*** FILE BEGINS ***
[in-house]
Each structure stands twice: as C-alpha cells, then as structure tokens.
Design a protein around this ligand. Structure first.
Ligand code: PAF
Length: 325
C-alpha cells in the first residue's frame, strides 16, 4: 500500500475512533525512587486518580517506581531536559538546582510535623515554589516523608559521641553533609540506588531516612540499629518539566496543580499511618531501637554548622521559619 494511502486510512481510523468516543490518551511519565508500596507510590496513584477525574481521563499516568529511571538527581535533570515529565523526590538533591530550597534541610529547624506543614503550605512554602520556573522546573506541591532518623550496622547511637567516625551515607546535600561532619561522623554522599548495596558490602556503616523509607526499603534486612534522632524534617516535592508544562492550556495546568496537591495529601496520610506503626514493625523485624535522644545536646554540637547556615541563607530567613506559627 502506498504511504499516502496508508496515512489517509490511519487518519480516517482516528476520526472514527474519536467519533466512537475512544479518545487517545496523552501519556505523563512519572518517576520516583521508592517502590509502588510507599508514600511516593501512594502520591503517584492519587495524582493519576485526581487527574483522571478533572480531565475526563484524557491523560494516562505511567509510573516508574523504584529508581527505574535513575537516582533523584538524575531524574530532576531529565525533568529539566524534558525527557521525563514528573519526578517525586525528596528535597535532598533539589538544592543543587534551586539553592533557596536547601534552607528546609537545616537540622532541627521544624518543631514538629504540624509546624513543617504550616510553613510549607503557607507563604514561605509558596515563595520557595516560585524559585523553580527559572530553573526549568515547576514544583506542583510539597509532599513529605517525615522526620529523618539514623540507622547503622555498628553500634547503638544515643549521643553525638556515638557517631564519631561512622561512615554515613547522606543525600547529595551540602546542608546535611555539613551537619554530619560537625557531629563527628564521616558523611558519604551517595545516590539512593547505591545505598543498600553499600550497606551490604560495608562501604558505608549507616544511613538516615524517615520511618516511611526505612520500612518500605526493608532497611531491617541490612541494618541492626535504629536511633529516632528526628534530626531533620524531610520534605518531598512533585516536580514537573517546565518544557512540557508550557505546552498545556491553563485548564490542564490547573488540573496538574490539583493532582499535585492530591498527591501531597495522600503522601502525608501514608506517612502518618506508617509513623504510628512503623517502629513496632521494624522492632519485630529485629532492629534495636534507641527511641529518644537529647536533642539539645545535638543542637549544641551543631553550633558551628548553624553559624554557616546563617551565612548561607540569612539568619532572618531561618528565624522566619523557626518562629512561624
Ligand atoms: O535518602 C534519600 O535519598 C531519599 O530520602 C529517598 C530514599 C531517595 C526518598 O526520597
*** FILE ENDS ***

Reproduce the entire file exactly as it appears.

[in-house]
Each structure stands twice: as C-alpha cells, then as structure tokens.
Design a protein around this ligand. Structure first.
Ligand code: PAF
Length: 325
C-alpha cells in the first residue's frame, strides 16, 4: 500500500475512533525512587486518580517506581531536559538546582510535623515554589516523608559521641553533609540506588531516612540499629518539566496543580499511618531501637554548622521559619 494511502486510512481510523468516543490518551511519565508500596507510590496513584477525574481521563499516568529511571538527581535533570515529565523526590538533591530550597534541610529547624506543614503550605512554602520556573522546573506541591532518623550496622547511637567516625551515607546535600561532619561522623554522599548495596558490602556503616523509607526499603534486612534522632524534617516535592508544562492550556495546568496537591495529601496520610506503626514493625523485624535522644545536646554540637547556615541563607530567613506559627 502506498504511504499516502496508508496515512489517509490511519487518519480516517482516528476520526472514527474519536467519533466512537475512544479518545487517545496523552501519556505523563512519572518517576520516583521508592517502590509502588510507599508514600511516593501512594502520591503517584492519587495524582493519576485526581487527574483522571478533572480531565475526563484524557491523560494516562505511567509510573516508574523504584529508581527505574535513575537516582533523584538524575531524574530532576531529565525533568529539566524534558525527557521525563514528573519526578517525586525528596528535597535532598533539589538544592543543587534551586539553592533557596536547601534552607528546609537545616537540622532541627521544624518543631514538629504540624509546624513543617504550616510553613510549607503557607507563604514561605509558596515563595520557595516560585524559585523553580527559572530553573526549568515547576514544583506542583510539597509532599513529605517525615522526620529523618539514623540507622547503622555498628553500634547503638544515643549521643553525638556515638557517631564519631561512622561512615554515613547522606543525600547529595551540602546542608546535611555539613551537619554530619560537625557531629563527628564521616558523611558519604551517595545516590539512593547505591545505598543498600553499600550497606551490604560495608562501604558505608549507616544511613538516615524517615520511618516511611526505612520500612518500605526493608532497611531491617541490612541494618541492626535504629536511633529516632528526628534530626531533620524531610520534605518531598512533585516536580514537573517546565518544557512540557508550557505546552498545556491553563485548564490542564490547573488540573496538574490539583493532582499535585492530591498527591501531597495522600503522601502525608501514608506517612502518618506508617509513623504510628512503623517502629513496632521494624522492632519485630529485629532492629534495636534507641527511641529518644537529647536533642539539645545535638543542637549544641551543631553550633558551628548553624553559624554557616546563617551565612548561607540569612539568619532572618531561618528565624522566619523557626518562629512561624
Ligand atoms: O535518602 C534519600 O535519598 C531519599 O530520602 C529517598 C530514599 C531517595 C526518598 O526520597